Now you tell me your most embarrassing secrets so we’re even. Go.

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Embarrasingly Enough…

Since we’re on vacay and the home-focused posts will commence when we’re back on Monday (more on that here), we thought we owed you a laugh at our expense in the meantime. That’s right, Sherry’s notorious “Care Bear Underwear Story” that so many of you requested more details about (mentioned here) is out. It actually came out during a comedy show that we attended a few weeks ago. Remember how we’re not famous, but we were invited to have some fun in that local improv comedy show (which we mentioned here)?

Well – it was AWESOME. The performers of the Richmond Comedy Coalition were crazy nice and pretty darn funny. The audience was quite full, quite lively, and more than quite flattering (you guys made us feel like rock stars as we stood up there with sweaty palms). It was a blast meeting so many of you, and we’re still sorry the show sold out before everyone could get in. But on the bright side, the RCC has posted photos and video so everyone can check it out (you know, if you’re into that sort of thing).

The format was basically us standing up, turning our awkwardness meter up to 11, and telling personal stories. Then the performers would take tidbits of our anecdotes to inspire completely new improvised scenes (they weren’t exact reenactments, nor were there any scripts). For example, they took the story of Sherry accidentally turning around in Target with two ornaments next to her face saying “It’s Christmas tiiiiiiiime” to a stranger (more on that here)…

…and turned that into a scene about a guy with two tree toppers stuck into the sides of his face.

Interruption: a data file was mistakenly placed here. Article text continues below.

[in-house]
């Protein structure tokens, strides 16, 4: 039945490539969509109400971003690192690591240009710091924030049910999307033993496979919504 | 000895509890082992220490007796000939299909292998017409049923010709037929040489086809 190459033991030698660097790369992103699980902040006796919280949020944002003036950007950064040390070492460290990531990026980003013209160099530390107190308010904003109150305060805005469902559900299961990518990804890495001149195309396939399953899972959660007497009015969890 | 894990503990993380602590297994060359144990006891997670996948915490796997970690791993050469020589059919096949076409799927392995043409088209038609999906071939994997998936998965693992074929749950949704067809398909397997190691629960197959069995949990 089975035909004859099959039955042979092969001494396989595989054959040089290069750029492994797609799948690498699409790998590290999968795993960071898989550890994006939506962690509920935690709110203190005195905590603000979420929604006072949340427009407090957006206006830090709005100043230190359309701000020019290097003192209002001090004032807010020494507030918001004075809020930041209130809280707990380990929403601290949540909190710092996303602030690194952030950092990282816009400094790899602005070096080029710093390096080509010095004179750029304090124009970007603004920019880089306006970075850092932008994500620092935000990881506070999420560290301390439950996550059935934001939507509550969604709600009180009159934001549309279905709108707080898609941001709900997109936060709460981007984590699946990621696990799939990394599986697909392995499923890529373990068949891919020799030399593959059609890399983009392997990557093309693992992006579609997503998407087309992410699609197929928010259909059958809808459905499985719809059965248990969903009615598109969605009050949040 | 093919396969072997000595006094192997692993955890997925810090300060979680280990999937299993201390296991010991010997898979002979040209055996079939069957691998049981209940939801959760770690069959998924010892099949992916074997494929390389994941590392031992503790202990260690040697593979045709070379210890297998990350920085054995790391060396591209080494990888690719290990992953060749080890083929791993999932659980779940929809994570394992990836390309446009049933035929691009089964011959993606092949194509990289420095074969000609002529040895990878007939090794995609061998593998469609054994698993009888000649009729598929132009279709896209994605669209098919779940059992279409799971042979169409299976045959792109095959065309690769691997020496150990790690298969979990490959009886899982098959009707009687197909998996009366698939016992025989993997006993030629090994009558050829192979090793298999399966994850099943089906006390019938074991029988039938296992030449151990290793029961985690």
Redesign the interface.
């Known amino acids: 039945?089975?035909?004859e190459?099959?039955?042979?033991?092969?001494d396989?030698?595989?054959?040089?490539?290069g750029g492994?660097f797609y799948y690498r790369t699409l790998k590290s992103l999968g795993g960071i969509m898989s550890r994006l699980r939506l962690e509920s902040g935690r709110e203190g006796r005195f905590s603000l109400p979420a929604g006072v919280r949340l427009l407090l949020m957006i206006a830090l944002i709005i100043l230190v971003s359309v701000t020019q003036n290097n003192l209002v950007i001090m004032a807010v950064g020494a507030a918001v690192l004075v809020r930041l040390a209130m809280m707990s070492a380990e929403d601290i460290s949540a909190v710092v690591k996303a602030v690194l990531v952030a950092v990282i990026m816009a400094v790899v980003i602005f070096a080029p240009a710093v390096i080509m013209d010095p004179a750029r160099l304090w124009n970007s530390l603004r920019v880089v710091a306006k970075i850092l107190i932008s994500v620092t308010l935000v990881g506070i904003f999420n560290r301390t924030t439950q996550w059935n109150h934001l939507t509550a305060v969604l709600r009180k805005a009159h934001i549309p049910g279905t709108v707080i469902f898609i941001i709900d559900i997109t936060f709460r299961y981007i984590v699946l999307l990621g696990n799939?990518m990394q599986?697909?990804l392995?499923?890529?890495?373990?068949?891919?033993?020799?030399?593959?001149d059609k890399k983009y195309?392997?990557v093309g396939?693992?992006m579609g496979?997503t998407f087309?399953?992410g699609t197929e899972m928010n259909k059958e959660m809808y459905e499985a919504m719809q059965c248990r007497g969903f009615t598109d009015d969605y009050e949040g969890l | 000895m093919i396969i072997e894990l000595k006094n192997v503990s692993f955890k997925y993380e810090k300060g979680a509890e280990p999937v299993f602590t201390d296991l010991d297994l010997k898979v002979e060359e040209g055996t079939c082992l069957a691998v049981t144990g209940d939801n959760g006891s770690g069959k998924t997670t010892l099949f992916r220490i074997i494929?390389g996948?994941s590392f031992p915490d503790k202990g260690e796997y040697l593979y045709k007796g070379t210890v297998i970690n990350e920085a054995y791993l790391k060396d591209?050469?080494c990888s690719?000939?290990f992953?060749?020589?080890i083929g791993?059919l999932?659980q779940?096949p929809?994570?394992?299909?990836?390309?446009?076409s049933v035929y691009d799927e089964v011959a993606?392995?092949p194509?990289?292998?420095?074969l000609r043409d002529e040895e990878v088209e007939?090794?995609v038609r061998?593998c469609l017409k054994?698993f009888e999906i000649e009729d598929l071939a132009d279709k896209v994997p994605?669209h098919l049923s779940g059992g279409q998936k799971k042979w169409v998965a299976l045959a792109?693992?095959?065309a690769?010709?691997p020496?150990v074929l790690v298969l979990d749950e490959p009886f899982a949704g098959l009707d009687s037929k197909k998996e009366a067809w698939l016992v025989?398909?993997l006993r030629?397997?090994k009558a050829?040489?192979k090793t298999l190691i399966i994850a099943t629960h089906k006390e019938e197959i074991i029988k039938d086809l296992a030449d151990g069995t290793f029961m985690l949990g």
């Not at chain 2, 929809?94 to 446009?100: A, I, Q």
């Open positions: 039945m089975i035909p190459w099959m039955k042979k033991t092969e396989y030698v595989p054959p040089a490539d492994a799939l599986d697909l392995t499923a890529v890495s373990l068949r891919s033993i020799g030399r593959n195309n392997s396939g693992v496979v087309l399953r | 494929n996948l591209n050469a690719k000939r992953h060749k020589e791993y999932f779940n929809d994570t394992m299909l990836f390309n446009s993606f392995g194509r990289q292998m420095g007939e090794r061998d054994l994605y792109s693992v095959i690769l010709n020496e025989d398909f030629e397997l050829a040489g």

You may have “had to be there” to get most of why they had us rolling. But just trust us that it was a lot of fun – and you should totally catch one of their shows if you’re a local. Just look at the good times…

Since I was in an improv comedy group in college, they even pulled me on stage to perform during the last act of the show. I was more than a little rusty, though I did get a few laughs when my “Knit Cop” character knitted a pair of handcuffs to capture a perp (weird, I know – maybe you had to be there for that too).

Actually, they did catch Knit Cop on video if you want to see it in action. Warning: some of the language is a lot more saucy than our usual Clara videos and fast-motion assembling-or-decorating-something vids.

And here are longer clips of the show if you’re interested enough to watch all three acts (again: saucy language alert). We chat at the beginning of each clip to kick each scene off, and the famed Care Bear Underwear Story is at the beginning-ish of the last clip.

It was so great to meet so many of you guys after the show. So glad we did it, sweaty palms and all.